The topic you shared is for DLA. DLA is not supported in the TF-TRT.

2. If it is not easy to compare the difference between TF-only and TF-TRT.
You can count the operation amount to roughly know the ratio of the optimized node.

Please noted that if the inference is frequently switched from TensorFlow and TensorRT.
The overhead may be over the gain from the TensorRT optimization.

Thanks.

Okay, thanks for clarifying. I’ll continue to examine the models and check out the optimisation ratio.

Is it normal to have more steps in the optimised model? I’m currently seeing a 30-50% increase in the number of ops, but with only around 10% of that being nodes that include “TRT” in the name.

And are the TRTEngineOp calls still in the node ops in TF2? If I run the following code then I find that the ops include CreateTRTResourceHandle but the TRTEngineOp is a function and isn’t suffixed with a number.

    from tensorflow.core.protobuf.saved_model_pb2 import SavedModel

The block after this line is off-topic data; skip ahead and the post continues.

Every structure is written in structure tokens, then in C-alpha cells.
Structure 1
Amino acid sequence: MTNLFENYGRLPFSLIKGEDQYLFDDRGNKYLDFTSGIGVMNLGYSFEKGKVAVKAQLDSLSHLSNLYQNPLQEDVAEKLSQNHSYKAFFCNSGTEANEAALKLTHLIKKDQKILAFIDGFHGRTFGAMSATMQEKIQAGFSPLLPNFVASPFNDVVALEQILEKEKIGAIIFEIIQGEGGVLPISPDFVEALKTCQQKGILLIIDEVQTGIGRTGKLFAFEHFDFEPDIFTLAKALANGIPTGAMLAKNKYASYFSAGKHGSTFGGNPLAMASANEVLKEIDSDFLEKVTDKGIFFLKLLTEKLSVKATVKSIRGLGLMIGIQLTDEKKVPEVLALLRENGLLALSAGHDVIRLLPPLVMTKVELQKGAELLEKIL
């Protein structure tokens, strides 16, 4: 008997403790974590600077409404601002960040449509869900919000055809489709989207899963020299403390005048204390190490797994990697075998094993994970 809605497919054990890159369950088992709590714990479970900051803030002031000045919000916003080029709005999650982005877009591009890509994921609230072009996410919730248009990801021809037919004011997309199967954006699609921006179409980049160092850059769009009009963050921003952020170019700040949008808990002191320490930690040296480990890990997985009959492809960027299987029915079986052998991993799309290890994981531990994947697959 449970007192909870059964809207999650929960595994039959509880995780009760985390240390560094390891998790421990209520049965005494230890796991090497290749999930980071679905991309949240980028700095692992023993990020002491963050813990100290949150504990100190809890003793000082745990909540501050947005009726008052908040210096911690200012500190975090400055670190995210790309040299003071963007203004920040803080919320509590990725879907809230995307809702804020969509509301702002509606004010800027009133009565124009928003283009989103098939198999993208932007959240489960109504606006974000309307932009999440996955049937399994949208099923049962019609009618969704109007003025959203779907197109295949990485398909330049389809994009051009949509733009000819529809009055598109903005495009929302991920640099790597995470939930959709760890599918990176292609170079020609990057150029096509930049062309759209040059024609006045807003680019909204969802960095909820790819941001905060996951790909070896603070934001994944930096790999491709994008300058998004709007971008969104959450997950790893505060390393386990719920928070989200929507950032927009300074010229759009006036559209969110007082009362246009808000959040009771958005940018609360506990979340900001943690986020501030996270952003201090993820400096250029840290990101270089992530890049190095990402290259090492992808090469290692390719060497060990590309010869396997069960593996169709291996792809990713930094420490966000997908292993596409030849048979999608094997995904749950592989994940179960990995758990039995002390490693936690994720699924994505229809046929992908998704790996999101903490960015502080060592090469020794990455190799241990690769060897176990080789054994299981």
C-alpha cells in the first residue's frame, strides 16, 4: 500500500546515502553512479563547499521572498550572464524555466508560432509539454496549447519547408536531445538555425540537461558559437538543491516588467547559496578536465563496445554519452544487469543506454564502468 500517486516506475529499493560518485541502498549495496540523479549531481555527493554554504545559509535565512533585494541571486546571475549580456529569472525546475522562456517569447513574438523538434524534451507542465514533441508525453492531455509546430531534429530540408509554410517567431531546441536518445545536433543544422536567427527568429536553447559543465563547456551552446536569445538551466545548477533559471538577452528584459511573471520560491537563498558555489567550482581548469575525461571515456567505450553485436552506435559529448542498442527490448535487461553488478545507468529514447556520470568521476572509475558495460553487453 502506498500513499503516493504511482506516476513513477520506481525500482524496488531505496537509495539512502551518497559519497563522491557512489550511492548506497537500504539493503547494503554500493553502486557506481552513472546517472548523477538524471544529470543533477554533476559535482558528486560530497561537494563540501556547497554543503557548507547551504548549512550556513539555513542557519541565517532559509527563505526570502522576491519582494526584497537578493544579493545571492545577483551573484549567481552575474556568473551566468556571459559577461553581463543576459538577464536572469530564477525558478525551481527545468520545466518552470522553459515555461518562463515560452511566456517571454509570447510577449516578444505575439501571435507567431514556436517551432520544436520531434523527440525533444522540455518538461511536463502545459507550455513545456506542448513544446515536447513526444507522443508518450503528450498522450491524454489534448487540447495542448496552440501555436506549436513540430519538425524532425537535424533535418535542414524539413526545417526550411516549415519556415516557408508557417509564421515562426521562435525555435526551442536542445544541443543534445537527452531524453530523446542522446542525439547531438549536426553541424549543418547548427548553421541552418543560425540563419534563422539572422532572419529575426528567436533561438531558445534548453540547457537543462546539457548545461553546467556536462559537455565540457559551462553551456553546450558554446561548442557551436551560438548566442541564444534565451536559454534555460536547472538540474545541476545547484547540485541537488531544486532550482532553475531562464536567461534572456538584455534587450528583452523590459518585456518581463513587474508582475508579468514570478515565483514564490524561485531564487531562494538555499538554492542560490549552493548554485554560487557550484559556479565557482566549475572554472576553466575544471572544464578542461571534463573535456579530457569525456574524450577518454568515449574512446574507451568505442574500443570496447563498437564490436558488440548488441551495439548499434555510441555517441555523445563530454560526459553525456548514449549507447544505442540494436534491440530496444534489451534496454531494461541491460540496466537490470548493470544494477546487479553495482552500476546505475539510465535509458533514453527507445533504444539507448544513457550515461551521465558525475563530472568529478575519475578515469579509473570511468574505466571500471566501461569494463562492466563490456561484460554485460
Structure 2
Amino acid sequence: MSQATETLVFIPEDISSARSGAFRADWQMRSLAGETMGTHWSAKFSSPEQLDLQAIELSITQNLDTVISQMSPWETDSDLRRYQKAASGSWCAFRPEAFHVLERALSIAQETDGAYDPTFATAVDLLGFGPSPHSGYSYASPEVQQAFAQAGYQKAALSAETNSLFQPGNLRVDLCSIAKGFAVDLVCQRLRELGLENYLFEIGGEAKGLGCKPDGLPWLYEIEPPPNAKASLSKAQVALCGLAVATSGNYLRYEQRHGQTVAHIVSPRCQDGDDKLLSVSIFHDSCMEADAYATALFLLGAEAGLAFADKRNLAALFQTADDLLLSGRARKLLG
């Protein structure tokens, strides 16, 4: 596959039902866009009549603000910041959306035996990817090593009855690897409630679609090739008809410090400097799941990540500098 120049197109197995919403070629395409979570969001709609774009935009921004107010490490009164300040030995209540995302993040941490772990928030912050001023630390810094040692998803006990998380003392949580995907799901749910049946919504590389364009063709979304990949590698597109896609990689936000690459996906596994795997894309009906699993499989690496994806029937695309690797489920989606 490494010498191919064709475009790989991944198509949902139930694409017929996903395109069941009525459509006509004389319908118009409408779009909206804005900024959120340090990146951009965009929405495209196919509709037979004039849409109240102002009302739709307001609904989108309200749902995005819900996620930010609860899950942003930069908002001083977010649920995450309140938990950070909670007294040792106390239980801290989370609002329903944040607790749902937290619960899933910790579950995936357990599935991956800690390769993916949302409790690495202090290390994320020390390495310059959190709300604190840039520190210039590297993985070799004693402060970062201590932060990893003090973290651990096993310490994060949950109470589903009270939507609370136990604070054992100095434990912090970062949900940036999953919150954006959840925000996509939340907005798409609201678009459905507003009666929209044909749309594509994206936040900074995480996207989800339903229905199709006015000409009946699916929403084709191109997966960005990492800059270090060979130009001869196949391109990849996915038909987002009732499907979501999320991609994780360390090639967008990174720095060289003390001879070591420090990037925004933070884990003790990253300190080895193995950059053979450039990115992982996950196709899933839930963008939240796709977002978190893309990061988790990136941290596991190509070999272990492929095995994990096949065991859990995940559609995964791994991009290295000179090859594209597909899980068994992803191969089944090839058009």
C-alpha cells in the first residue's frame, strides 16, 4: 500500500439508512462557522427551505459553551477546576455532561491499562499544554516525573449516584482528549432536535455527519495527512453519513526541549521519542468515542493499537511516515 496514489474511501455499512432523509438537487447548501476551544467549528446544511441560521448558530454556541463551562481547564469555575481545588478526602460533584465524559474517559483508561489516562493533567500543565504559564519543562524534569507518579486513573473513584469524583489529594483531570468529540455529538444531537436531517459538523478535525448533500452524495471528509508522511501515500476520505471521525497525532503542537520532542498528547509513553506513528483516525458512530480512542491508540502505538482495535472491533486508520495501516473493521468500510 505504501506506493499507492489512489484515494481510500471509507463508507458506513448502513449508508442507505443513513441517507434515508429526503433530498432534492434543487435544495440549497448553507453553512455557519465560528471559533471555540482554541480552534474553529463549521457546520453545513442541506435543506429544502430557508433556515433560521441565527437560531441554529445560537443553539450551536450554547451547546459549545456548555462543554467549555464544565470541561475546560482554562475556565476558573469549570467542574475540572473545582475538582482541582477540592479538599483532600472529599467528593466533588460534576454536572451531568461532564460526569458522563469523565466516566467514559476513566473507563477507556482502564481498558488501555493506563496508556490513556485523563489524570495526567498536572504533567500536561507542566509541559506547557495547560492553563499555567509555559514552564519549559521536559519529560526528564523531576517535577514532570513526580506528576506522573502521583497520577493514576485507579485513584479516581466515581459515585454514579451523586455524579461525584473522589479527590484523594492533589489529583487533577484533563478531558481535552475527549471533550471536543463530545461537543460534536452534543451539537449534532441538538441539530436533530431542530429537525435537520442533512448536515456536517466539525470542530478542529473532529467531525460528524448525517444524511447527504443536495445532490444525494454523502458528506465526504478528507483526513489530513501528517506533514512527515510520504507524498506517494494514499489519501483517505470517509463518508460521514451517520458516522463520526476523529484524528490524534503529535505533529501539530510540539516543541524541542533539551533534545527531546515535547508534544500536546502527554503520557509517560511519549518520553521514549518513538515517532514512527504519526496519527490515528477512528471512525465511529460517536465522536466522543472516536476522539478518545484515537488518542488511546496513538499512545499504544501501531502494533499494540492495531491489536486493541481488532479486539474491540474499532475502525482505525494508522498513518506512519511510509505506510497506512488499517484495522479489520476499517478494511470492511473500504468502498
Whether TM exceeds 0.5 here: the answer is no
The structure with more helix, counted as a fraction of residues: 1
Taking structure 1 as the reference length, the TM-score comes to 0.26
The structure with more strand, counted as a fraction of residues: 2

include_functions = True

    saved_model = SavedModel()
    with open("path/to/input_model", 'rb') as f:
        saved_model.ParseFromString(f.read())
    model_op_names = list()
    # Iterate over every metagraph in case there is more than one
    for meta_graph in saved_model.meta_graphs:
        # Add operations in the graph definition
        model_op_names.extend(node.op for node in meta_graph.graph_def.node)

        if include_functions:
            # Go through the functions in the graph definition
            for func in meta_graph.graph_def.library.function:
                # Add operations in each function
                model_op_names.extend(node.op for node in func.node_def)

(This is based on some code that I found that supports TF2, since “frozen graphs” don’t appear to be a thing in the same way that they used to be in TF1)

Thanks.

Hi,

1.
Not sure what kind of operation is added to the model. But it is possible.
When TensorRT is enabled within the TensorFow graph, some bridging operation is required.
Ex. data type conversion, reshape, transpose, …, etc.

Due to this, the overhead will be high if the graph is frequently switching between TensorFlow and TensorRT.

2.
TF-TRT API for v2.0 is different from v1.x. Please find the following document for details:
https://docs.nvidia.com/deeplearning/frameworks/tf-trt-user-guide/index.html#tf-trt-api-20

Thanks.